The Gender Agenda

by:  Julie Lynch

Women are having a bigger effect on our world than ever before.  In recent years, women have taken on serious new leadership positions around the globe and these moves are redefining women’s roles and empowering younger generations of women to step up.  From tech to finance & insurance to retail, there are women who are changing the world.  

The Good:  Women in Leadership

There’s a wealth of research now available – from McKinsey to Credit Suisse,  Reuters to Harvard  – that substantiates the real business advantages of a gender diverse workforce.  The metrics show that gender diversity is creating a competitive edge that can be directly linked to:

  • more customers,
  • increased sales and
  • a higher return on equity and invested capital.

And there’s more.  Companies who have a balanced representation of women and men in senior management roles experience better internal performance in areas such as:

  • increased engagement and retention,
  • enhanced decision making,
  • improved problem solving and
  • greater creativity & innovation.

This in turn leads to enhanced results, competitive advantage, better rates of promotion among women, and an increased ability to attract both female and male talent.

However, gender balance can’t be pursued in isolation.  According to one of McKinsey’s most recent reports, ethnically-diverse companies are 35% more likely to outperform those less diverse.

The Bad:  Gender Agenda Fatigue

It’s no surprise to see the emergence of an evolving body – of women as well as men – declaring an increasing level of fatigue around the ‘gender agenda.’

Be it a rolling of eyes, a shared glance of affirmation, refusal on principal to participate in gender networks, mumbles of reverse sexism, reactions against the notions of gender targets and reporting – the reality is that we are seeing self-professed groups of both genders who are, most politely, claiming to be just a little bit weary of talking about the ways women aren’t treated equally in the workplace.

This group feels increasingly empowered to discount and discredit credible proven research in a way that would in no way be acceptable if applied to race, disability or sexuality.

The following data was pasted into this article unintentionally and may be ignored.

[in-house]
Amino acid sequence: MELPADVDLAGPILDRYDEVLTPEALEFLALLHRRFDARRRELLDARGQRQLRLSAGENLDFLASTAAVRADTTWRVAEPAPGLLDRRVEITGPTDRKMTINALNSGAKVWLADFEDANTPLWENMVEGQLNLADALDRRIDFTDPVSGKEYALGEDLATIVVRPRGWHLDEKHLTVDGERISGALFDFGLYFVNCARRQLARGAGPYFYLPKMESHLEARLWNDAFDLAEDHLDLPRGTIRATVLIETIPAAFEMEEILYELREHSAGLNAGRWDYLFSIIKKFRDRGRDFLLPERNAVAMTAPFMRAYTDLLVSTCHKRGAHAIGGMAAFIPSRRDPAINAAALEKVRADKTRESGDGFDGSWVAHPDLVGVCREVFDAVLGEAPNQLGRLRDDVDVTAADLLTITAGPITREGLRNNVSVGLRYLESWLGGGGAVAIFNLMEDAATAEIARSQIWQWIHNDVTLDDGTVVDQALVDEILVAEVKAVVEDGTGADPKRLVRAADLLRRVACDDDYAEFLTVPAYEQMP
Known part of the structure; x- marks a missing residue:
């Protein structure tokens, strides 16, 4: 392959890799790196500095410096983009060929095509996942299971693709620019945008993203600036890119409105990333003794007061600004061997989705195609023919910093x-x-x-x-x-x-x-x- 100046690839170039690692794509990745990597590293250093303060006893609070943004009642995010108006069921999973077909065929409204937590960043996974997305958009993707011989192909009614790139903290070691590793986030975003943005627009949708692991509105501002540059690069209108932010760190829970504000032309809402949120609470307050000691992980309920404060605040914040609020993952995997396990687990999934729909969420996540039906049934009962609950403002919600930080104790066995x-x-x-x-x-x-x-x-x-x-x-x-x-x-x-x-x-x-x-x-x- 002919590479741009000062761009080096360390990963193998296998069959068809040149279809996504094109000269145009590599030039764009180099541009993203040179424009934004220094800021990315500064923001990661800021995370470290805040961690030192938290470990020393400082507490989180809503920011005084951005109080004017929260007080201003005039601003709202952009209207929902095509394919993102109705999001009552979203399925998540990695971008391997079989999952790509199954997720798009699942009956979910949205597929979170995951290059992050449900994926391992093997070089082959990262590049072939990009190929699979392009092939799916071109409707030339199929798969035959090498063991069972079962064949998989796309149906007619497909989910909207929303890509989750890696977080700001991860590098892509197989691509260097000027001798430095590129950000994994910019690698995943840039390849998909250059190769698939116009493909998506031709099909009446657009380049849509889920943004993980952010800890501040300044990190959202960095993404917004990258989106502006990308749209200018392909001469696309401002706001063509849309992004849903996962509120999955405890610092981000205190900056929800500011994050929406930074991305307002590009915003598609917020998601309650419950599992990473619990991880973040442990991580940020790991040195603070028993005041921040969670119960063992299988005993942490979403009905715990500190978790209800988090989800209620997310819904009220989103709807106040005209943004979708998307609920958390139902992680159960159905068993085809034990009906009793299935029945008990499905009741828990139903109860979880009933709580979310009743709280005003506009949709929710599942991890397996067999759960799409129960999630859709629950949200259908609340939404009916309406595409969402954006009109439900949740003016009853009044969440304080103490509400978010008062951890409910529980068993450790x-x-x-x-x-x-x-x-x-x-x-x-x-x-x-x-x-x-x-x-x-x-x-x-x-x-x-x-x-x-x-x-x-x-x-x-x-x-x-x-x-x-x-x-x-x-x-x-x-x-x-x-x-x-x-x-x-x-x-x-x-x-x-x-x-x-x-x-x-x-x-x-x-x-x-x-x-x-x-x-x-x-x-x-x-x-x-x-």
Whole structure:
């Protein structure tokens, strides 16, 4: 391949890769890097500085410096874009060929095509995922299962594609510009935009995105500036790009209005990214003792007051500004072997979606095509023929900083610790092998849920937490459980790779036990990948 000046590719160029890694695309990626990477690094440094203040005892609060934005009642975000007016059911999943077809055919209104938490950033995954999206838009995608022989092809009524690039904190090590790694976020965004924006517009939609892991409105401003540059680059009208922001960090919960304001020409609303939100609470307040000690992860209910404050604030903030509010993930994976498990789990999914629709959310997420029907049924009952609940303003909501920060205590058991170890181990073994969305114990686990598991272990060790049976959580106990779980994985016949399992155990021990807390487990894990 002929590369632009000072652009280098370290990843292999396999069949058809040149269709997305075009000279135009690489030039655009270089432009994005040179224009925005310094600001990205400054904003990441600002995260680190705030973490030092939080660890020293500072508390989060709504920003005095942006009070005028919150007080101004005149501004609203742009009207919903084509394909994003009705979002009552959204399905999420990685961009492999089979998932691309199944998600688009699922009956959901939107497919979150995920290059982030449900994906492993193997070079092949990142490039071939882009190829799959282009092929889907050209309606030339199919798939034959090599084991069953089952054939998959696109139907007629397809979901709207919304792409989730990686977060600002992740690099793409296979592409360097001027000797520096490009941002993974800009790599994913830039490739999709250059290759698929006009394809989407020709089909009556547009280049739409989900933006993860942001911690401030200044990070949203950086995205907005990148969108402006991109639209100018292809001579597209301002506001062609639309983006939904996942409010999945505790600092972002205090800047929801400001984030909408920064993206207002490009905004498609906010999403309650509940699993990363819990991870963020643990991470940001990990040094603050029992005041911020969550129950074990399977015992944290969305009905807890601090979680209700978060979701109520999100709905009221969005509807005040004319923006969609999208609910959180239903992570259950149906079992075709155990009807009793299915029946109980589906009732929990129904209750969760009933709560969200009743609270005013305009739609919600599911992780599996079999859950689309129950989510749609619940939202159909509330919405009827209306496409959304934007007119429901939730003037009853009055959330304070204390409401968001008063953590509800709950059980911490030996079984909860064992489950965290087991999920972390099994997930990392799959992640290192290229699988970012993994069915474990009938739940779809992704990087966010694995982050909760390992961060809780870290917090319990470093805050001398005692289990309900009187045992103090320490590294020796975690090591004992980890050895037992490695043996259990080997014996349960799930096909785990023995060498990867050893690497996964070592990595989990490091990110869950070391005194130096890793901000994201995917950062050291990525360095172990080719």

Now may be the time to refresh our focus on the value of wider diversity, while recognising that the ‘gender agenda’ has arrived and earned a solid chair at the head of the table.

It’s time to challenge the myths about the differences between the way men and women operate in the workplace and their capability to succeed and lead.

It’s time to stop seeing women on stage speaking about gender issues while men are talking about their business strategies.  It’s time to see more women speaking about their leadership philosophies and the industries they lead.

The Ugly:  Risking Stereotypes of Men & Women

Unless we start to see practical changes within businesses, we risk the stereotypes of men and women continuing to exaggerate the differences which can lead to explosive and sometimes dangerous outcomes – in short ‘advancing harmful gender stereotypes in the workplace’.

We need look no further than the Google employee fired for the 10-page anti diversity memo that reinforced damaging perceptions on the neurological differences between men and women in the workplace.

There is no winner in such a scenario – for every individual who robustly decries the contents of the Google missive, there is another who is outraged at the lack of ‘free speech’ and the perceived ‘silencing of opinions’ deemed to be ‘politically incorrect.’

Reinforcing the myths that all men are agentic, and all women are communal, that women who talk about equality and leadership balance at work are man-haters will not create the sort of environment where everyone with the capability can be seen and thrive.

Whether we’re talking about power differences, communication differences, differences in friendship style, or other interests, taking a fresh look at the workplace through the lens of a wider view of diversity will lead to greater individual and organisational success.